Data science is a huge concept, just like it is with the tools it offers. As a matter of fact, the tools that allow data analysis is pretty limited when it comes to market shares, although these tools provide a ton of utility and functionality for the user.
In general, data science involves several sub-concepts that make it what is popularly known as ‘data science’. It involves data wrangling, collecting raw data, ‘cleaning up’ data, readying it up for further processes, analyzing it (which in itself involves coding and designing functions), releasing the results and finally, preparing it to be reproduced for all to see. It is indeed one of the most intuitive technical fields and the best thing is, data science has allowed itself to become an applied field in almost all walks of life, starting from simple theoretical statistics, to almost unimaginable concepts like analyzing the number of financial transactions that are recorded daily (this figures goes in zillions).
In light of this, data science has, ever since its inception or its application in modern day computing, been dominated by at least three tools we know and use today daily. Similar to Open Office, which is actually a free version of Microsoft Office, occupying considerable space in the office market, data science is practiced through three tools – SAS, R language and Python. All these tools are programming languages, and these are used to execute code that is manually written and performs several statistical and data related output. We shall compare some of the features provided by these three tools in brief below.
Python is a old language, developed way back in 1991 by a software engineer and is still used as a very popular coding language. It was developed keeping in mind ease of use, and is still one of the simplest programming languages, used by several developers, engineers and coders to create software. A checklist number of software in the market have been created by this language, and recently has gained a lot of attention for it to be used in data science. Due to its ease, Python has developed several libraries – NumPy, SciPy, Matplotlib to name just a few, that allow for complete statistical functionality. Its swiftness, CPU efficiency and ease of use, indeed are its biggest points when it comes comparison.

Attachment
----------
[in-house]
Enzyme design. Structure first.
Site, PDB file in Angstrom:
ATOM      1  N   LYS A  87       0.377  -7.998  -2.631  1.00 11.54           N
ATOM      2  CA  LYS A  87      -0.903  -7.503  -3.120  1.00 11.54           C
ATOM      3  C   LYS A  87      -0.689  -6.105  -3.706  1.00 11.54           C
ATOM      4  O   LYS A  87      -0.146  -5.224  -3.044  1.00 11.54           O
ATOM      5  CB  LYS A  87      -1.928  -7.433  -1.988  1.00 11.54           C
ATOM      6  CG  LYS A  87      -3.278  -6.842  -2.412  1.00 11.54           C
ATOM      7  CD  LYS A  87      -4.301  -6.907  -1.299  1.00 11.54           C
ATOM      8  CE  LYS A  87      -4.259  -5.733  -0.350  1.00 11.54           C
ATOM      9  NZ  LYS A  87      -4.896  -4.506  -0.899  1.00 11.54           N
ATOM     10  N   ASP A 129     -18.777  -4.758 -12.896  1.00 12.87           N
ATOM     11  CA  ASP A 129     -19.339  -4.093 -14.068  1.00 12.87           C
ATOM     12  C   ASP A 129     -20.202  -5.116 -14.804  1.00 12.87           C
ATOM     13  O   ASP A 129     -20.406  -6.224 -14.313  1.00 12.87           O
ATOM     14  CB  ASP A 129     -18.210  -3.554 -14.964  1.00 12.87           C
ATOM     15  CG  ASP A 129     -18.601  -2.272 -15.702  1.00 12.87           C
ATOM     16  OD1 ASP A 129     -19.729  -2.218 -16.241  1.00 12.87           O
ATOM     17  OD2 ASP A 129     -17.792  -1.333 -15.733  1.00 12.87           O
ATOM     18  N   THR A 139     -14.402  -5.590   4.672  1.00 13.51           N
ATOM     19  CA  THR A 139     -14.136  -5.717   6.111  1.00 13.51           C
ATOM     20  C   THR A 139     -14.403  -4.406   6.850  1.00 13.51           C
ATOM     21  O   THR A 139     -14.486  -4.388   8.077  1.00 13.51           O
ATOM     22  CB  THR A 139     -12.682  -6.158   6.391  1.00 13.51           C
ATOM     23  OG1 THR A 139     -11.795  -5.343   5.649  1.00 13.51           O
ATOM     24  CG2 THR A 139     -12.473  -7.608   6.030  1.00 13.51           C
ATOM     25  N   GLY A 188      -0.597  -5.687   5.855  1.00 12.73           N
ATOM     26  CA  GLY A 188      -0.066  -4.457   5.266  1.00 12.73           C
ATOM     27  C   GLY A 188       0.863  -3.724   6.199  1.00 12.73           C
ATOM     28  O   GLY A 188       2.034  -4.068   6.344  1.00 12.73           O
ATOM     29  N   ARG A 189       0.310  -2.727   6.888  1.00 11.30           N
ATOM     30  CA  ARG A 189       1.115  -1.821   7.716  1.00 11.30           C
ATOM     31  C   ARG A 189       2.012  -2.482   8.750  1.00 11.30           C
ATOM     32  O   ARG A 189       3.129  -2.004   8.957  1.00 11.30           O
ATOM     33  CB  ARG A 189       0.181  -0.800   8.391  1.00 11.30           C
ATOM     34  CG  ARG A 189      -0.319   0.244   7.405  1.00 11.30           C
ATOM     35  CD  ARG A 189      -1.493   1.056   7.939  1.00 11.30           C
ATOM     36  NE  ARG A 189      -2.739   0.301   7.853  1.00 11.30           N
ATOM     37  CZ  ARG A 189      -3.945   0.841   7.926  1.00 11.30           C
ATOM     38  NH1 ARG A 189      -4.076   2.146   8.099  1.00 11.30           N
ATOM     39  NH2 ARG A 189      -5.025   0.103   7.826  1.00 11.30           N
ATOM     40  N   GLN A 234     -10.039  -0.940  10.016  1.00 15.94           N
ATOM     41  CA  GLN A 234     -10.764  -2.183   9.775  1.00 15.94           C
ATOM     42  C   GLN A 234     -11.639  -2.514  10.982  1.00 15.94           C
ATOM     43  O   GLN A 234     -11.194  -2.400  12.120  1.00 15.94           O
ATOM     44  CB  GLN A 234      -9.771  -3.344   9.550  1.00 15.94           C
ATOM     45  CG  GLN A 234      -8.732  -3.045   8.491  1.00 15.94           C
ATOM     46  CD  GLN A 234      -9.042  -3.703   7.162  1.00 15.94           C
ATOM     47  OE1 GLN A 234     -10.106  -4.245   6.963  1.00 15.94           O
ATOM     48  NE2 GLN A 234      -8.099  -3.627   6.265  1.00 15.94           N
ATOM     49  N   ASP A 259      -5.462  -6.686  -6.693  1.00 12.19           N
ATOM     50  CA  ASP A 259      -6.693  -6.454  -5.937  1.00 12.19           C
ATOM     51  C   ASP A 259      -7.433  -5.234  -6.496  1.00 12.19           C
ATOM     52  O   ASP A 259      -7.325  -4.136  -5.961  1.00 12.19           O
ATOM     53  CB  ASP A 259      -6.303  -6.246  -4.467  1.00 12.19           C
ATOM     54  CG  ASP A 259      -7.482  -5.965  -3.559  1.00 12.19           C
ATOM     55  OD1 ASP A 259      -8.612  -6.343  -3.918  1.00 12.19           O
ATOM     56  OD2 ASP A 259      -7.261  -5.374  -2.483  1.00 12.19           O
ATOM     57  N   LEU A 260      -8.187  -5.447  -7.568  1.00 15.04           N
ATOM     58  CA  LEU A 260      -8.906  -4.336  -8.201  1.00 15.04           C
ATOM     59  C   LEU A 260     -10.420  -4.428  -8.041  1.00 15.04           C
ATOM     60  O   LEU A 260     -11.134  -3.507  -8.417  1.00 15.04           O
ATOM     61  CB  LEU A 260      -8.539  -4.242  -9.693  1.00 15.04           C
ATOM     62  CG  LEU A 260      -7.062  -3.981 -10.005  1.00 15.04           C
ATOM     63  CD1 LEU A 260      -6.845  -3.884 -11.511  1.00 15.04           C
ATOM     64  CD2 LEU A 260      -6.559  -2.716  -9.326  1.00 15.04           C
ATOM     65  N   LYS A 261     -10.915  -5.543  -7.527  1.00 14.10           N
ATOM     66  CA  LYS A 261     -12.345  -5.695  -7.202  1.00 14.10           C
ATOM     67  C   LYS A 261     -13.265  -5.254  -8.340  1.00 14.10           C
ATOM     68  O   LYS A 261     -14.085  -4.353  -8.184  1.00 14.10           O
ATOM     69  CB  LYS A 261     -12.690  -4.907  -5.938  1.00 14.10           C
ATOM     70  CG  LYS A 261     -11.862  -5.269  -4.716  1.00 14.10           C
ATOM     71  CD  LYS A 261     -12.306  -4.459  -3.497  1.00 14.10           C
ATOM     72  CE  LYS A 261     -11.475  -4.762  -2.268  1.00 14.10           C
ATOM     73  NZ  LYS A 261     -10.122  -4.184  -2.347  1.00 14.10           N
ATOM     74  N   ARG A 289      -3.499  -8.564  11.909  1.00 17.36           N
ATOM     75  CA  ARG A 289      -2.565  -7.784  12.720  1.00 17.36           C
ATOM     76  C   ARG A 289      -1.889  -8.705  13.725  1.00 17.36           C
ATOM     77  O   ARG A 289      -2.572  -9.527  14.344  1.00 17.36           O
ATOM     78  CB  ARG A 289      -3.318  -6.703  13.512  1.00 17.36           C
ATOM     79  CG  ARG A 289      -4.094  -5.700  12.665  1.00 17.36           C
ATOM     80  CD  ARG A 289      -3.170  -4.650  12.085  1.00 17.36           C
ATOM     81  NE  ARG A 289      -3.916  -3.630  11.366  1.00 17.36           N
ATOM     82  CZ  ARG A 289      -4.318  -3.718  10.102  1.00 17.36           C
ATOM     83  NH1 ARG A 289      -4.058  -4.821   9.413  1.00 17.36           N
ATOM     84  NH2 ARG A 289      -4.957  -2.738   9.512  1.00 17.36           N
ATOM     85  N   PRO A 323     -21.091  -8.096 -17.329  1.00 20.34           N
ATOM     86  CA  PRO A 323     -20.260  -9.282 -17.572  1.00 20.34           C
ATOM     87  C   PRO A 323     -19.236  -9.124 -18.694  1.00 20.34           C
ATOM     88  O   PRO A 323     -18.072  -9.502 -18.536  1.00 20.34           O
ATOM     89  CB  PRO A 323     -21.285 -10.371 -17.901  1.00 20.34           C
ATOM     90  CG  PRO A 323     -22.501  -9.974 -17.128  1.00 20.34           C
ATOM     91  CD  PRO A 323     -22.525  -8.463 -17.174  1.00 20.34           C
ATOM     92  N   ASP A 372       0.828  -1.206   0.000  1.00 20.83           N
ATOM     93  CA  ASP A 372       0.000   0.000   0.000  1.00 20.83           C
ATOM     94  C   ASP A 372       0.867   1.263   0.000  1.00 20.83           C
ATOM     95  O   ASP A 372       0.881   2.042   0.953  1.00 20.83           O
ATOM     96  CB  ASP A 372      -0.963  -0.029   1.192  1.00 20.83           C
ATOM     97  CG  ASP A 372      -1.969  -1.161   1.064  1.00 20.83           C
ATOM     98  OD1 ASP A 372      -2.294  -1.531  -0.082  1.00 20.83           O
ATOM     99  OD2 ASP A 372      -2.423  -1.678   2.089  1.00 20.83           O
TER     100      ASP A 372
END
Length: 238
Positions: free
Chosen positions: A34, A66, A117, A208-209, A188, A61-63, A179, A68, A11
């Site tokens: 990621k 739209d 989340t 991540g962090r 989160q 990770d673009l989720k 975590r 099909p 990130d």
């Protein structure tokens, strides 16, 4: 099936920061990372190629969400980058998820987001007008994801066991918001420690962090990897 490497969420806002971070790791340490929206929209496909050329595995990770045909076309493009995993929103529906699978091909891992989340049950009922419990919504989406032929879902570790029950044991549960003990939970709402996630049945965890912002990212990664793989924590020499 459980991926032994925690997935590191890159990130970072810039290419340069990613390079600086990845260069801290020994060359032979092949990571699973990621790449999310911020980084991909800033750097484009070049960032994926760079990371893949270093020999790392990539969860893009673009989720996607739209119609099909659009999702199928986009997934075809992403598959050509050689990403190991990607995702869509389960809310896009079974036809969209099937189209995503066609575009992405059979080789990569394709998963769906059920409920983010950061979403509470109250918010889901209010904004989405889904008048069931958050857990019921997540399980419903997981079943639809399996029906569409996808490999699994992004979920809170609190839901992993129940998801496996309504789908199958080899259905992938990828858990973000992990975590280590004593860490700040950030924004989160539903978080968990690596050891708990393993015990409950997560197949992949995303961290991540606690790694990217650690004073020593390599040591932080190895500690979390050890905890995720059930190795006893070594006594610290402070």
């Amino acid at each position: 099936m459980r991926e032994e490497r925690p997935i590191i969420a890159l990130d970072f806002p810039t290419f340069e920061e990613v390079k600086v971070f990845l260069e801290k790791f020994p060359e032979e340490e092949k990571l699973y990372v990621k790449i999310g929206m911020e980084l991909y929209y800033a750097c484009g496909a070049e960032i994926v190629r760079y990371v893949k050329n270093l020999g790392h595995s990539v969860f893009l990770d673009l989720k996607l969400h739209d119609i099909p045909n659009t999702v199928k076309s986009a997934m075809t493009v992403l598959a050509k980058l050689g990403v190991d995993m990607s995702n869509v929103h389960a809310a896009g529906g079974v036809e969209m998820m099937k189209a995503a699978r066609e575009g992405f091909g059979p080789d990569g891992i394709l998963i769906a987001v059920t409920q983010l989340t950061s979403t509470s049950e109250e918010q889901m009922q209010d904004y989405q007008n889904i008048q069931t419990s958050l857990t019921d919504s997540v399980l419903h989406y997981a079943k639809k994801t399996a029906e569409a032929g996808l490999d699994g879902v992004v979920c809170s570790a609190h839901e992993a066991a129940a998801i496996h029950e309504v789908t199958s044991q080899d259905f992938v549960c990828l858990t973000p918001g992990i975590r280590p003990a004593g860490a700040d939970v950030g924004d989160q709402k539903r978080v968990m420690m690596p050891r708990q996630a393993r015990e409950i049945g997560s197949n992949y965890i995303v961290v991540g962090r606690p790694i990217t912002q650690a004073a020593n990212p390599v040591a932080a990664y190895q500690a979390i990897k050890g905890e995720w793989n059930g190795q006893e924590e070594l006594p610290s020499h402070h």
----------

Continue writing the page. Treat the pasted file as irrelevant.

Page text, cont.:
Another tool that still occupies the largest market share, is SAS, built as a standalone statistical language in the 1990s and is still evolving today. SAS is a purely statistical tool, unlike Python, which is a general purpose language that in recent times, has evolved to include statistical functionality as well. SAS however, is even easier to learn and provides for some intuitive GUI, absent in other statistical languages, although it misses out when it comes to intuitiveness and powerful processing. It also has a very heavy price tag, a thing that has allowed it to lose more than half of its market share as it was during early 2000s. Unlike Python however, SAS has a brilliant customer service and has released a freeware too that can be well be used for everyday activities.
The last one, which is similar to SAS and Python too, is the R language. R language is by far, been considered the standard ‘lingua franca’ of data analysis. It was like SAS, designed by statisticians, to be used only by statisticians, and has absolutely no horizon when it comes to software design, like Python is. R language however, is currently the most popular tool for conducting data science, owing to zero cost, powerful functionality, flexibility and intuitiveness. Its core design has even allowed for Microsoft to acquire it, and the company is now helping it evolve further, at least when it comes to the filed of big data. R language, which was actually designed to be used in academics, has become the primary language in almost all of the corporate sector. It however has its own downsides, some being its steep learning curve and somewhat lack of simplicity, but these get neutralized by its capabilities to reproduce unchallenged results and not to forget, its active community of millions of users, ready to help out.
All in all, it is basically the individual preference for the data scientist that matters here since all three are great tools to use daily.